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Laura Berkson '12

Legislative Analyst, National Institutes of Health

Laura Berkson’s interest in health care began in high school when she volunteered at Boston’s prestigious Brigham and Women’s Hospital. Her experience there sparked a passion for learning about all aspects of the field. As an undergraduate at Brandeis University, she chose to major in Health: Science, Society and Policy, a multidisciplinary health care major that exposes students to the biological, social, legal and economic dimension of health care.

While at Brandeis, Berkson completed several summer internships with Partners HealthCare, the integrated health system founded in Boston by Brigham and Women’s Hospital and Massachusetts General Hospital. Her work at Partners was centered on the implementation and utilization of the electronic health record, HIPAA, and regulatory compliance. She observed firsthand the direct impact policy has on the delivery of health care, inspiring her to pursue law.

Berkson found the Maurice A. Deane School of Law to be the perfect fit. In addition to its location near New York City, Hofstra Law had extensive course offerings in health law, and Berkson was excited to apply for the Health Law and Policy Fellowship. “I knew that the fellowship could open up doors for me and would give me the chance to focus my legal studies in health policy,” she says, “which I knew would serve as a solid foundation for my long-term career goals.”

One of the highlights of Berkson’s time at Hofstra Law was taking the Law and Medicine course taught by Janet L. Dolgin, the Jack and Freda Dicker Distinguished Professor of Health Care Law, director of the Gitenstein Institute of Health Law and Policy and co-director of the Hofstra University Bioethics Center.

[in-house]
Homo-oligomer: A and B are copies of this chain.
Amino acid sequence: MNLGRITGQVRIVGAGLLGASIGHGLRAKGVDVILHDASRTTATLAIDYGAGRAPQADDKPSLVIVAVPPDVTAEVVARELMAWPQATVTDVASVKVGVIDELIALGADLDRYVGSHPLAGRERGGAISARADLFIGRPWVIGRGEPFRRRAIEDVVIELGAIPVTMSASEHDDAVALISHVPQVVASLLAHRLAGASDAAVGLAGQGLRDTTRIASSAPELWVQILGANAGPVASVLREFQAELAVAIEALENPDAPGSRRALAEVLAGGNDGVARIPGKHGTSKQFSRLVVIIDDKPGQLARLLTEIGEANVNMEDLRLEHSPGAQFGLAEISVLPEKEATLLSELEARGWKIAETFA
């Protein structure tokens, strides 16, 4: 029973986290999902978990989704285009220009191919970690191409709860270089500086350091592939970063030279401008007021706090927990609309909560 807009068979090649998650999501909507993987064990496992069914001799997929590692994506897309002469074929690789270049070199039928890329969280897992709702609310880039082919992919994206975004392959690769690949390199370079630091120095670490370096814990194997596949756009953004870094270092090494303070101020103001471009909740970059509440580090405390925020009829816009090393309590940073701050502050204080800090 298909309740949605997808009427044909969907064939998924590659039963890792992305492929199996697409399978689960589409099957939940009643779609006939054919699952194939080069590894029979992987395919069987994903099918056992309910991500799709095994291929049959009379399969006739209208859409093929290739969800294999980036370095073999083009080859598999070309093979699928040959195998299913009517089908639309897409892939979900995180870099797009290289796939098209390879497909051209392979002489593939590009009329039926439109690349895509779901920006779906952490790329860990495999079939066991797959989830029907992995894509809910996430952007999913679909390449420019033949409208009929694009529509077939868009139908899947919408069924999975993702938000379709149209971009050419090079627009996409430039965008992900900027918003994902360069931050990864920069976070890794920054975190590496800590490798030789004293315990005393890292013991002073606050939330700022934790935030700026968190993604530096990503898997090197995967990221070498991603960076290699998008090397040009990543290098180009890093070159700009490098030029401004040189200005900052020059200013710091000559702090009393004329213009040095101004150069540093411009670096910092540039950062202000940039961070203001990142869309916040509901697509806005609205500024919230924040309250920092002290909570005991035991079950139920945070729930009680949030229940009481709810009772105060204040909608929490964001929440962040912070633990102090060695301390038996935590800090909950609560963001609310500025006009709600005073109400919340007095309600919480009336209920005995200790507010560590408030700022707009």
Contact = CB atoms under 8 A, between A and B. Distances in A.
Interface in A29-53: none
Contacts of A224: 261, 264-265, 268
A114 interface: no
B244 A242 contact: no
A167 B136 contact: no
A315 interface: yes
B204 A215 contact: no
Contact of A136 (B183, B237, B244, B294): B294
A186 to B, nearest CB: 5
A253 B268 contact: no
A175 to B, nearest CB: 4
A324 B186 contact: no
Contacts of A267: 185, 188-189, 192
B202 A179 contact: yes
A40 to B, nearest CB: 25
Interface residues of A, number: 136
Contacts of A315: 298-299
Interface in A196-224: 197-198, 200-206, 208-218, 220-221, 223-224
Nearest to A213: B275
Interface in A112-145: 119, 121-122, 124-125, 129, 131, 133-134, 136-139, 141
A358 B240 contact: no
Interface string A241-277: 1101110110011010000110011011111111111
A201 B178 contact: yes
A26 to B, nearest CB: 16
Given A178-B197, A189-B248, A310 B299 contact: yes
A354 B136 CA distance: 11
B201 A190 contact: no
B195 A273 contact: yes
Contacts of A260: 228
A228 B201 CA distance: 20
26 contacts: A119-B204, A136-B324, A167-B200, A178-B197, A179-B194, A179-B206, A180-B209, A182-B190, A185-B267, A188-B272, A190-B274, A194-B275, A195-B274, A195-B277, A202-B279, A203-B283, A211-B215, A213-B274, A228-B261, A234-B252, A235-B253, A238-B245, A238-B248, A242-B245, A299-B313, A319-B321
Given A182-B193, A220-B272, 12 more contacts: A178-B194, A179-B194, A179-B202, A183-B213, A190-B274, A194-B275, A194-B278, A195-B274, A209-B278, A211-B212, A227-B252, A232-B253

Berkson says it was “really eye-opening” to be one of five law students going on grand rounds with medical students. “On the first day,” she recalls, “the med students were hesitant to be joined by law students, because they had a preconceived notion that if a lawyer was interested in health law, it meant that they wanted to sue them for malpractice.” But she found that as the weeks went on the two groups were able to collaborate and discuss various topics, including privacy, confidentiality, informed consent and mandatory reporting.

Berkson calls her experience as a Health Law and Policy Fellow working with Dolgin “fantastic,” adding that she was “an incredible professor — such a bright individual and one of the nicest people I ever met.” Dolgin, she continues, “was so supportive and always made sure I had the right tools to succeed.”

Being a Health Law and Policy Fellow prepared Berkson for her role as a Presidential Management Fellow at the National Institutes of Health (NIH). She completed a two-year postgraduate fellowship, rotating through several offices at NIH.

Berkson’s first rotation was at the Eunice Kennedy Shriver National Institute of Child Health and Human Development, where she worked in the Office of Legislation and Public Policy. She had the opportunity to track bills that impact NIH, provide legislative analysis and attend congressional hearings, briefings and markups on Capitol Hill.

Berkson says that “having the legal foundation to understand how the legislative process works was vital. The experience I got as a Health Law and Policy Fellow has provided me with a foundation that will serve me well in my career.”